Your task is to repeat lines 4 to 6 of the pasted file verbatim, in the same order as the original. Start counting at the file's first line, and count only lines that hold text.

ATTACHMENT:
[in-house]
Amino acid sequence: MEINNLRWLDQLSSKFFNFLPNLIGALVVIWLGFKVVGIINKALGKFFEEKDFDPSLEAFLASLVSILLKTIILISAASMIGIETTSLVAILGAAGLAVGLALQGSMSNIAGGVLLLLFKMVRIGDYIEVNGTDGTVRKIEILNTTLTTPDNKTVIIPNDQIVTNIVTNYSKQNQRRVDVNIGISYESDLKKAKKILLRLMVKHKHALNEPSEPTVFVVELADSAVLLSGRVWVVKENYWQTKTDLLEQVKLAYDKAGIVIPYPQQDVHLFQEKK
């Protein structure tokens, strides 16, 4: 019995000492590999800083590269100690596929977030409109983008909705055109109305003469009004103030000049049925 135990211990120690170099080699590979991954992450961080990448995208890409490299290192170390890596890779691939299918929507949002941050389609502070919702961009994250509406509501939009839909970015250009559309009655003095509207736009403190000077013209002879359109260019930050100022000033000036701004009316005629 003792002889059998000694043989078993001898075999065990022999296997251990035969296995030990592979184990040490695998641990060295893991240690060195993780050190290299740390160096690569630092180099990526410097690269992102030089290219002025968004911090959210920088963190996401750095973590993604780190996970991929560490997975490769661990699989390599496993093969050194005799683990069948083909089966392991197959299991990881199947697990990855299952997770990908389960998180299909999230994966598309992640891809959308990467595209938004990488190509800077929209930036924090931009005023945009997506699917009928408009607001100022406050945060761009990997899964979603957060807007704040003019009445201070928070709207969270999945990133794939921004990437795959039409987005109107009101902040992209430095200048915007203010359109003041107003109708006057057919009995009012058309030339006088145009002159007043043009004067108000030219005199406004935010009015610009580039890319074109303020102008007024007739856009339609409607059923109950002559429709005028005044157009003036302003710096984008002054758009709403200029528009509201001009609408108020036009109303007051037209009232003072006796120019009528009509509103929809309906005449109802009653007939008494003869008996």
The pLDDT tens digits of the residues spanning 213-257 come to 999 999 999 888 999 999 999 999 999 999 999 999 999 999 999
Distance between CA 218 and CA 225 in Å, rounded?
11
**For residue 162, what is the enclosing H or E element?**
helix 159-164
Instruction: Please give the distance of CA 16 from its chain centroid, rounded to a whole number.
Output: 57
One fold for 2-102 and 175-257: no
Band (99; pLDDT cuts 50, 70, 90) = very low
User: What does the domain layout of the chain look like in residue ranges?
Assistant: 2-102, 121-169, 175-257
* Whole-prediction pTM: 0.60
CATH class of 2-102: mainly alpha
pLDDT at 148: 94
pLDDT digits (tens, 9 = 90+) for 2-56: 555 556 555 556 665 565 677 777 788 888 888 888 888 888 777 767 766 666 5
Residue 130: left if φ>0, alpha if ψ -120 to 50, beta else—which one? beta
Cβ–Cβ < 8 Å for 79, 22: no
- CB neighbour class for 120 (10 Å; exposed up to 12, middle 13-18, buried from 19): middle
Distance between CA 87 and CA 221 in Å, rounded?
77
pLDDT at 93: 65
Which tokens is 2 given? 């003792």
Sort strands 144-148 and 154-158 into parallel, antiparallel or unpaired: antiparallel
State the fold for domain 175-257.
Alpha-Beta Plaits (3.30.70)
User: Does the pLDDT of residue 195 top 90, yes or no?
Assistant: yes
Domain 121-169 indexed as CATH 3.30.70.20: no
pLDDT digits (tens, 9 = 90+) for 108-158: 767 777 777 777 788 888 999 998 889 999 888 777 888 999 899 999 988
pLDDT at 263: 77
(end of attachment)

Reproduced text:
The pLDDT tens digits of the residues spanning 213-257 come to 999 999 999 888 999 999 999 999 999 999 999 999 999 999 999
Distance between CA 218 and CA 225 in Å, rounded?
11